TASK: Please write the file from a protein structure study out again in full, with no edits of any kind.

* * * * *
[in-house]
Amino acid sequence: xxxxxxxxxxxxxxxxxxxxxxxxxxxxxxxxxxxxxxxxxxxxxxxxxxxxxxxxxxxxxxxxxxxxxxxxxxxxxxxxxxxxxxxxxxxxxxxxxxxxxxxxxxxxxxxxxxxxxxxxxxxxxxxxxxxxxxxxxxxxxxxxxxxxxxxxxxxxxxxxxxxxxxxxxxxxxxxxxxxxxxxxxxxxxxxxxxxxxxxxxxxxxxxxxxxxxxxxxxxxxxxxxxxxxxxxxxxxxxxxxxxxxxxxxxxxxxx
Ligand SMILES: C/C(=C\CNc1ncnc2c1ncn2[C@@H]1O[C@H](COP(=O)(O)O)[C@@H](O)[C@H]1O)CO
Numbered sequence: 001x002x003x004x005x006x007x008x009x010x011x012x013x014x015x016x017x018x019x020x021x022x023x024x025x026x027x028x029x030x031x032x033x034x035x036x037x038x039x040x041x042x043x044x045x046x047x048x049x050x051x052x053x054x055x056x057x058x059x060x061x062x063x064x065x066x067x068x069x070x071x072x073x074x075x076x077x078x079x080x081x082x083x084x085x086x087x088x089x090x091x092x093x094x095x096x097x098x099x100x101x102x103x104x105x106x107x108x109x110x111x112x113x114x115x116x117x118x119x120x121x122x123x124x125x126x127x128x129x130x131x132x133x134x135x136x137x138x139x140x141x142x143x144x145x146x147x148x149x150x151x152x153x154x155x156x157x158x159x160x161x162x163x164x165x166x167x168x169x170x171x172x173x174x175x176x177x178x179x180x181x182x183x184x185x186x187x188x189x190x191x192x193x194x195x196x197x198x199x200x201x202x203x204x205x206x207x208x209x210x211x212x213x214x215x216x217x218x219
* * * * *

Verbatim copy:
[in-house]
Amino acid sequence: xxxxxxxxxxxxxxxxxxxxxxxxxxxxxxxxxxxxxxxxxxxxxxxxxxxxxxxxxxxxxxxxxxxxxxxxxxxxxxxxxxxxxxxxxxxxxxxxxxxxxxxxxxxxxxxxxxxxxxxxxxxxxxxxxxxxxxxxxxxxxxxxxxxxxxxxxxxxxxxxxxxxxxxxxxxxxxxxxxxxxxxxxxxxxxxxxxxxxxxxxxxxxxxxxxxxxxxxxxxxxxxxxxxxxxxxxxxxxxxxxxxxxxxxxxxxxxx
Ligand SMILES: C/C(=C\CNc1ncnc2c1ncn2[C@@H]1O[C@H](COP(=O)(O)O)[C@@H](O)[C@H]1O)CO
Numbered sequence: 001x002x003x004x005x006x007x008x009x010x011x012x013x014x015x016x017x018x019x020x021x022x023x024x025x026x027x028x029x030x031x032x033x034x035x036x037x038x039x040x041x042x043x044x045x046x047x048x049x050x051x052x053x054x055x056x057x058x059x060x061x062x063x064x065x066x067x068x069x070x071x072x073x074x075x076x077x078x079x080x081x082x083x084x085x086x087x088x089x090x091x092x093x094x095x096x097x098x099x100x101x102x103x104x105x106x107x108x109x110x111x112x113x114x115x116x117x118x119x120x121x122x123x124x125x126x127x128x129x130x131x132x133x134x135x136x137x138x139x140x141x142x143x144x145x146x147x148x149x150x151x152x153x154x155x156x157x158x159x160x161x162x163x164x165x166x167x168x169x170x171x172x173x174x175x176x177x178x179x180x181x182x183x184x185x186x187x188x189x190x191x192x193x194x195x196x197x198x199x200x201x202x203x204x205x206x207x208x209x210x211x212x213x214x215x216x217x218x219